6. Ratio systems weight, the equations of static equilibrium, the beam
Ratio (%) = Code Stress / Allowable Stress deflection formulas and the torsion formulas can be used.
= (code / allowable) . (10) These methodologies give results very similar to the
7. Thermal Stress CAESARs results, but more conservative, due to the fact of
exp = . T.E .(11) neglecting the curvature of the directions changes. During the
development of the methodologies for the calculation of the
Where, weight loads, was concluded the pipes torsion cannot be

400 www.erpublication.org
Calculation Methodologies for One Dimensional Process Piping Systems

neglected, since it has a great influence in the calculation of


the forces, moments and deformations.
The calculation method is good for the beginners to
understand the behavior of piping system due self-weight,
component weights and nature effects. The manual calculated
results are compared with CAESAR II Software results and
found variations in the range of 10% to 20% in Bending
Moment only. The formulae are used to calculate,
1. Displacement.
2. Restraints.
3. Forces acting on the pipe.
4. Stresses due to self-weight, internal and external pressures,
operating temperatures, etc.
5. Natural frequency, etc.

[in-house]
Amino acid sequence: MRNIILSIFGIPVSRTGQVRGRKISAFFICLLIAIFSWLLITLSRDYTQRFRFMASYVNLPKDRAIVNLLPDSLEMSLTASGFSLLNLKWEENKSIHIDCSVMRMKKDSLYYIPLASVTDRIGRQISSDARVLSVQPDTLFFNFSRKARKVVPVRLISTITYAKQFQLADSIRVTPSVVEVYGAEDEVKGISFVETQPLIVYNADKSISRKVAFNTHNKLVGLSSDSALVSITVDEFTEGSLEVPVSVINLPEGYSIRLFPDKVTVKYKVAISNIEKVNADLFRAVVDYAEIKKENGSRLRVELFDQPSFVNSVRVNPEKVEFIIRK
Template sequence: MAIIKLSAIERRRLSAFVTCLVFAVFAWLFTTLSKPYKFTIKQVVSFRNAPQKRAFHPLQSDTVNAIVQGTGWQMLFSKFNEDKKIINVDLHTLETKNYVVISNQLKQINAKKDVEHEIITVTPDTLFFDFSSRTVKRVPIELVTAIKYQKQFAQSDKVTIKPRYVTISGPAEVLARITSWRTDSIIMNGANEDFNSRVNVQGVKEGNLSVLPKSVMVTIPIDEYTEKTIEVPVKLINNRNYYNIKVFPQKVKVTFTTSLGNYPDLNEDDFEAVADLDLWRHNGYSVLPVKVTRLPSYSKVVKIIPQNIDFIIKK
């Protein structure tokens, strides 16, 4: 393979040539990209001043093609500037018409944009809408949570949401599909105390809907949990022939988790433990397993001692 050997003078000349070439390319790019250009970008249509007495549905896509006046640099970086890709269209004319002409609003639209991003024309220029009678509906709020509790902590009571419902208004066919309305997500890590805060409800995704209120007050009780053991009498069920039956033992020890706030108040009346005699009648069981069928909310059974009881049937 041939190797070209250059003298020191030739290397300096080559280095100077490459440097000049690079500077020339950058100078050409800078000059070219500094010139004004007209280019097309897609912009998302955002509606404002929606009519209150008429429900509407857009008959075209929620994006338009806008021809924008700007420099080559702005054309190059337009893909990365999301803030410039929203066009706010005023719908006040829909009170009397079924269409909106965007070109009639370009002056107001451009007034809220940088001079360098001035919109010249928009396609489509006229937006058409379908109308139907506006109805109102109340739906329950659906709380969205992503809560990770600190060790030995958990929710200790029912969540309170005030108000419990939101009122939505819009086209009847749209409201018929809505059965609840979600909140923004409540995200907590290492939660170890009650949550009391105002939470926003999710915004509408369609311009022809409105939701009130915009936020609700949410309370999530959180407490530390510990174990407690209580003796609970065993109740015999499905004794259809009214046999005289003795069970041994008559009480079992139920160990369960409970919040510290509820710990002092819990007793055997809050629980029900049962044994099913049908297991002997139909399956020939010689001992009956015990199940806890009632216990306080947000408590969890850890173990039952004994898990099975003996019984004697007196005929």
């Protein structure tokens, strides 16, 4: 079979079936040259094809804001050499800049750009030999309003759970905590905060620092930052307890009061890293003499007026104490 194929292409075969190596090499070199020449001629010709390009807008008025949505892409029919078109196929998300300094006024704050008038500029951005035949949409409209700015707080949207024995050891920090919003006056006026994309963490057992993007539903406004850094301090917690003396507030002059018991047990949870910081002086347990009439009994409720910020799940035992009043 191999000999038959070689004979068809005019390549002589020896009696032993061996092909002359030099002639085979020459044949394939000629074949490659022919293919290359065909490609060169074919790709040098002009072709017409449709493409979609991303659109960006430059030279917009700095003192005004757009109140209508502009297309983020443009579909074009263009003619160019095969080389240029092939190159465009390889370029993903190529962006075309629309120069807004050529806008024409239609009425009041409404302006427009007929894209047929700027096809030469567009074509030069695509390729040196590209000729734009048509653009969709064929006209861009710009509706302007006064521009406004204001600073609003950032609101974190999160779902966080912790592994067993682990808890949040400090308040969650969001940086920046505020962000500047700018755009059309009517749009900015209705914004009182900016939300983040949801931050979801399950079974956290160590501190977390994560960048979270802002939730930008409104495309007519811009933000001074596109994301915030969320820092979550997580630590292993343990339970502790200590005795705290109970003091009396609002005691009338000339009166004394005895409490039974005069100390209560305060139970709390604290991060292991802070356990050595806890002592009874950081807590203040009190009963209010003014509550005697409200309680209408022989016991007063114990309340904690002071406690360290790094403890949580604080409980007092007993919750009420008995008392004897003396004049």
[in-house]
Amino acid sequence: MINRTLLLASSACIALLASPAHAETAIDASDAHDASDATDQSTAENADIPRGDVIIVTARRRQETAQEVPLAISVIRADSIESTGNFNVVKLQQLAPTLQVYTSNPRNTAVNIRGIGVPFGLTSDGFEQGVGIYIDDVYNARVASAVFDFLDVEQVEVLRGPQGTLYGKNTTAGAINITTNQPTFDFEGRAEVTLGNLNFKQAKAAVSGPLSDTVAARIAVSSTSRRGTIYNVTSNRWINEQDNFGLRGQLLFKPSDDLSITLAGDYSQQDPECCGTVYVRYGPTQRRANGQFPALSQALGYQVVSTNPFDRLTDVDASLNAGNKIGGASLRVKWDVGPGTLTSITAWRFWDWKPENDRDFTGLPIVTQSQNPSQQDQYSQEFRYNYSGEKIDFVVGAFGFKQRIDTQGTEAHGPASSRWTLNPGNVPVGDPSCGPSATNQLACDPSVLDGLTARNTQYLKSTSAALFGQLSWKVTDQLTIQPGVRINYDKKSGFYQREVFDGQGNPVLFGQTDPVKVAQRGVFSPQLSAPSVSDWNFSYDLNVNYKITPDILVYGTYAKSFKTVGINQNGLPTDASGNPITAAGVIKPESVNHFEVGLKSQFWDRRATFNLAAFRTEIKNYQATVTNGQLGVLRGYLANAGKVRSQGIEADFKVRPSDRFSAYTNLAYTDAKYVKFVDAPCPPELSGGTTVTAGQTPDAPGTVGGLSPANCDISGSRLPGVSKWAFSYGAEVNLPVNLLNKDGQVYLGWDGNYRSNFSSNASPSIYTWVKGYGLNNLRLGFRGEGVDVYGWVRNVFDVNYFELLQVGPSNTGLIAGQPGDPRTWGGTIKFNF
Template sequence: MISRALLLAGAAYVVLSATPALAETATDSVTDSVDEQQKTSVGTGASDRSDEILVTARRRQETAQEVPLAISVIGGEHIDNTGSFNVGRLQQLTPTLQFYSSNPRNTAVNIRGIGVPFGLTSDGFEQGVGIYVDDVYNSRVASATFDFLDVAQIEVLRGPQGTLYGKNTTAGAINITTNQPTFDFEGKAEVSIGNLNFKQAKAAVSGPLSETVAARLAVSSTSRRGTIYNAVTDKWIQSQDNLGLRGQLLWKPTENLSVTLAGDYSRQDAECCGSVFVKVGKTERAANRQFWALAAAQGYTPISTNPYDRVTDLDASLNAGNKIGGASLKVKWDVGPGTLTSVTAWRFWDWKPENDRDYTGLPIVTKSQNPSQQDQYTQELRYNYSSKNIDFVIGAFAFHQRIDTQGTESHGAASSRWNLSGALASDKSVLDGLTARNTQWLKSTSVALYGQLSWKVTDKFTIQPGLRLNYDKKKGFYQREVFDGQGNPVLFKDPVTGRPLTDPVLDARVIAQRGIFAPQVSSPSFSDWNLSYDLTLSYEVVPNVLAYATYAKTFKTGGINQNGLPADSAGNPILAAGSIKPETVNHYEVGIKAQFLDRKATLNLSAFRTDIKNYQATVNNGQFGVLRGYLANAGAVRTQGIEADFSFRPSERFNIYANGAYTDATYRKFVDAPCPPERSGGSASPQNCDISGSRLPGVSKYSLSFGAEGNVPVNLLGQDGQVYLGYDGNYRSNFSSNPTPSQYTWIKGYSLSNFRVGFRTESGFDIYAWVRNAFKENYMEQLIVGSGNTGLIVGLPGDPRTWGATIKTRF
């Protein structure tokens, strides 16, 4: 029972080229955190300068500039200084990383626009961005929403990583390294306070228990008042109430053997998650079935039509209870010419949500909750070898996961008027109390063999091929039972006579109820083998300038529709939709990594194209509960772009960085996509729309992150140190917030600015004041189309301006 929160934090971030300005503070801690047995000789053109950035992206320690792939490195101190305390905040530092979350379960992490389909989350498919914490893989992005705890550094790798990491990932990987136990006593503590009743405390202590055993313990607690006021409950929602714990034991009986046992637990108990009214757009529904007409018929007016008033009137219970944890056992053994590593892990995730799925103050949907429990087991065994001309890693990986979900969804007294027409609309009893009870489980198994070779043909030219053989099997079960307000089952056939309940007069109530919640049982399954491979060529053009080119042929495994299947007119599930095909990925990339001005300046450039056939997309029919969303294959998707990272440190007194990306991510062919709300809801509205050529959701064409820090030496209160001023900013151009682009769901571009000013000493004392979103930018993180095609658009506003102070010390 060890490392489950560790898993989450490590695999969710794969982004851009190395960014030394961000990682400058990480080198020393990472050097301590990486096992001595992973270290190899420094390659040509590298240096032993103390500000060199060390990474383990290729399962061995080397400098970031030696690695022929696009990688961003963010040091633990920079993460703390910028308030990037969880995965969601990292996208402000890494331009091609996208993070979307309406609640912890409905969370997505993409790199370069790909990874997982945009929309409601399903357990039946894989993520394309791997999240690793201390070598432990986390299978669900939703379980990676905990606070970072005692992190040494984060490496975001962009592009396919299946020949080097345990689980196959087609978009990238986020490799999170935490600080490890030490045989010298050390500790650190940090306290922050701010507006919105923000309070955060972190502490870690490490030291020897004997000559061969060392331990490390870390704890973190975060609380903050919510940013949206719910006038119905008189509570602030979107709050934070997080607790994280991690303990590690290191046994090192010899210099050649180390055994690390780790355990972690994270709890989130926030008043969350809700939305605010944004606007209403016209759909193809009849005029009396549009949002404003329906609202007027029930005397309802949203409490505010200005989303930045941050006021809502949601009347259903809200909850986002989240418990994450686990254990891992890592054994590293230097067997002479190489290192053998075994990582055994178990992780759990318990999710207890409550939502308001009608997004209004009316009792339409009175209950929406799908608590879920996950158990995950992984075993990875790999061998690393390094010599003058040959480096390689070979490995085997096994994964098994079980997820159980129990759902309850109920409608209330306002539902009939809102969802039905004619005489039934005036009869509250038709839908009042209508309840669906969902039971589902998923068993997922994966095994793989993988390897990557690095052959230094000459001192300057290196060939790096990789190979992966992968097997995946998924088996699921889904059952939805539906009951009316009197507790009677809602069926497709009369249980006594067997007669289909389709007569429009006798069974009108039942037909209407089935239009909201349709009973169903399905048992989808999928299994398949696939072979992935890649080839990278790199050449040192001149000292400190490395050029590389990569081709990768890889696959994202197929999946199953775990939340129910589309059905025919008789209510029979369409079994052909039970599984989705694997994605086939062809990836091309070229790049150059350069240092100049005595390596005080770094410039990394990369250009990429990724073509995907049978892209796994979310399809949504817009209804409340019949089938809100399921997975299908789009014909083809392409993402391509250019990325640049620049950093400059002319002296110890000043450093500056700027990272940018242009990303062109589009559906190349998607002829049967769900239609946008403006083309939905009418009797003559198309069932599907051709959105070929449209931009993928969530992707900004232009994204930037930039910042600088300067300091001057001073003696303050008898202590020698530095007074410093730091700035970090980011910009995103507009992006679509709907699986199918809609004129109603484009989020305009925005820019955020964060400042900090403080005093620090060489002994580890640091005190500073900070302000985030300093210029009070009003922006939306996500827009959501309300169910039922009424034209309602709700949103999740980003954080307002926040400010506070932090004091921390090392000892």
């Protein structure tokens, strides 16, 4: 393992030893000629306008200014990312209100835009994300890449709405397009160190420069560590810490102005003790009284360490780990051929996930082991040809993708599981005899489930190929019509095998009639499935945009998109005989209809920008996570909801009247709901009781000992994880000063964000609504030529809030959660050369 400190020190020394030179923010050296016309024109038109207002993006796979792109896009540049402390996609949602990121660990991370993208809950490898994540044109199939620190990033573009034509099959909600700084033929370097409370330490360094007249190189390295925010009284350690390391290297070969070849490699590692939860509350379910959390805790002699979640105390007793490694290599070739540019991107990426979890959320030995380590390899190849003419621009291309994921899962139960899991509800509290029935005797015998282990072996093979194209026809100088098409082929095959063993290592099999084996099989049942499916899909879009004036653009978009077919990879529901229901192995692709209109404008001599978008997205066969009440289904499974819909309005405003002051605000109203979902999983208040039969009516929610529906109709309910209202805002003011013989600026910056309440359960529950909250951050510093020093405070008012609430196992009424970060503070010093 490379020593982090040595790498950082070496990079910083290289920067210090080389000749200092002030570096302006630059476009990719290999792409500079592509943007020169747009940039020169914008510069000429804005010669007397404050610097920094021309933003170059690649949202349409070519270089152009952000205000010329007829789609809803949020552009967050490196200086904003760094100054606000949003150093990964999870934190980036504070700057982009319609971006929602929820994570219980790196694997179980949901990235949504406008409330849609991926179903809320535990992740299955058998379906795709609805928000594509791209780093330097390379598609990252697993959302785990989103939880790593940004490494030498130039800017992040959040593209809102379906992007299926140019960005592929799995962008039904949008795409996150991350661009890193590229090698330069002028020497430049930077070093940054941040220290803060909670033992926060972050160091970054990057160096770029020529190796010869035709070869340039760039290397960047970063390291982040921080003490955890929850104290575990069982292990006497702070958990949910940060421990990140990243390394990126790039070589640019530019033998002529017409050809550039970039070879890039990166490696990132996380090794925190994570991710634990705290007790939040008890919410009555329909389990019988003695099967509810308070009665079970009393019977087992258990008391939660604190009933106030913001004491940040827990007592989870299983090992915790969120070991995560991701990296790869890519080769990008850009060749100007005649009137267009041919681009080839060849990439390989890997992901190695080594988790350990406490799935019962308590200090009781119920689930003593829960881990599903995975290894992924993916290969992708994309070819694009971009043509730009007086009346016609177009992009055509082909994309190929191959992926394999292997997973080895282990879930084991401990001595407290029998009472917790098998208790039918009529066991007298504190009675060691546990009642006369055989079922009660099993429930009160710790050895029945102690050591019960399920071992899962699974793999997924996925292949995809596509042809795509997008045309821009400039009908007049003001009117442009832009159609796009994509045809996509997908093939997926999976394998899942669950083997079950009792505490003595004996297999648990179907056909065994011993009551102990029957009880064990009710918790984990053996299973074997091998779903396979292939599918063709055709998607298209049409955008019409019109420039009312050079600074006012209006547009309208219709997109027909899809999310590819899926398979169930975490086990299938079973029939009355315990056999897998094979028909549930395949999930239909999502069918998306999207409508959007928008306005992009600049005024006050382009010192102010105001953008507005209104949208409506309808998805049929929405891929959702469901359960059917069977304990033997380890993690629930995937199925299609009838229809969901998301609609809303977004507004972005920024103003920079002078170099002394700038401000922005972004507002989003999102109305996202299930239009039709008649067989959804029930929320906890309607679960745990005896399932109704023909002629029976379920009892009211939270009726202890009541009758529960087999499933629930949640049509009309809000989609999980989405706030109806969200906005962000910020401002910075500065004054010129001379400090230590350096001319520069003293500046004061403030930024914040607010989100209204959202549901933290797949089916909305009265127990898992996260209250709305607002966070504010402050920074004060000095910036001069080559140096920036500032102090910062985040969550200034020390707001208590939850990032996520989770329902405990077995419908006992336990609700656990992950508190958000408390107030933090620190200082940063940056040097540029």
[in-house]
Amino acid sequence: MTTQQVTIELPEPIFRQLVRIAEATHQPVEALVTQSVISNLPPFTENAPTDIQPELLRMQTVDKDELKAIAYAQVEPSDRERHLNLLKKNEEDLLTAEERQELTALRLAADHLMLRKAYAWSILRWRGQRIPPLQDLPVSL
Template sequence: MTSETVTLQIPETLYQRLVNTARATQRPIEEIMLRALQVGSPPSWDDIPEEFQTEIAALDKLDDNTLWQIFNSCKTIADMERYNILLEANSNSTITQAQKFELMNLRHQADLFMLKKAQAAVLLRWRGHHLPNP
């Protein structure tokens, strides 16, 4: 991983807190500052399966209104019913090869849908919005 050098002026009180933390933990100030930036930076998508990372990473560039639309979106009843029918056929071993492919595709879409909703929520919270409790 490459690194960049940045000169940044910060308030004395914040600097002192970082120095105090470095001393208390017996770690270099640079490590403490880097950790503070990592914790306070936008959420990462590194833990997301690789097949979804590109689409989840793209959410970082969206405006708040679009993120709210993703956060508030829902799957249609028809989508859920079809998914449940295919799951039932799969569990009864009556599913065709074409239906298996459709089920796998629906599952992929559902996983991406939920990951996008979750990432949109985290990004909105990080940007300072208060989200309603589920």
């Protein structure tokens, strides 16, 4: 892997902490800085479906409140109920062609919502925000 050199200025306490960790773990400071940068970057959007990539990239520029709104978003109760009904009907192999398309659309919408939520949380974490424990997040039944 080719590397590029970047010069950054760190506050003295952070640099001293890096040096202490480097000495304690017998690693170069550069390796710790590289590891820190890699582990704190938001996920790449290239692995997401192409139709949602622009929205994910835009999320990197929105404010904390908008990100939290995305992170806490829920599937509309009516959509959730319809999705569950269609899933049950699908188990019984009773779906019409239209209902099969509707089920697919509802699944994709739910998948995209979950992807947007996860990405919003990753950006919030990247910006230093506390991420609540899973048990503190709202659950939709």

ACKNOWLEDGMENT
I would like to thanks Prof. H. Manjunath, Siddaganga
Institute of Technology Tumkur for guiding and providing
valuable suggestions to complete this paper.

REFERENCE

[1] ASMEB31.3, Process piping, American Society of Mechanical


Engineers, 2012.
[2] Sam Kannappan, Introduction To Pipe Stress Analysis, Knoxville,
Tennesse, John Willey&Sons, 1985.
[3] Kellogg, the M.W.Kellogg Company, Design of Piping Systems, New
York, John Wiley&Sons, 1956.
[4] Crocker and King, Piping Hand book, US, McGraw-Hill Inc, 1968.
[5] Sharma P., Design and Analysis of a Process Plant Piping System,
International Journal of Current Engineering and Technology, 2014.
[6] ukanovi D, ivkovi M, Jakovljevi A, Applying Numerical Method
In The Strength Calculation Of High Pressure Steamline, IIPP, 2013.
[7] Satyanarayana T, Sreenivasulu V, Kiran C, Modeling and Stress Analysis
of Flare Piping, International Journal of Latest Trends in Engineering
and Technology (IJLTET), 2013.
[8] Miranda J and Luis A, Piping Design: The Fundamentals, UNU-GTP and
LaGeo, 2011.
[9] Peng.L.C and Peng.T.L, Pipe Stress Engineering, Houston, Texas, USA,
ASME Press, 2009.
[10] Frankel, M, Facility Piping Systems Handbook, 2nd ed., New York,
McGraw-Hill, 2002.
[11] Nayyar0.M. L, Piping Handbook, 7th ed., McGraw-Hill, 2000.
[12] Woods G. E and Baguley.R. B, Pratical Guide to ASME B31.3 Process
Piping, Alberta, CASTI Publishing Inc.C, 1997.
[13] Spielvogel, S. W, Piping Stress Calculations Simplified, 5th ed., New
York, Byrne Associates, Inc., 1961.
[14] Mr. Suyog U. Bhave, International Journal of Engineering Research and
General Science Volume 2, Issue 6, 2014.

Authors Profile

Mr. Sangappa: Student, M.Tech in Thermal Power Engineering, SIT


Tumkur.
Mr. H. Manjunath: Assistant Professor, Dept. of Mechanical
Engineering, SIT Tumkur.

401 www.erpublication.org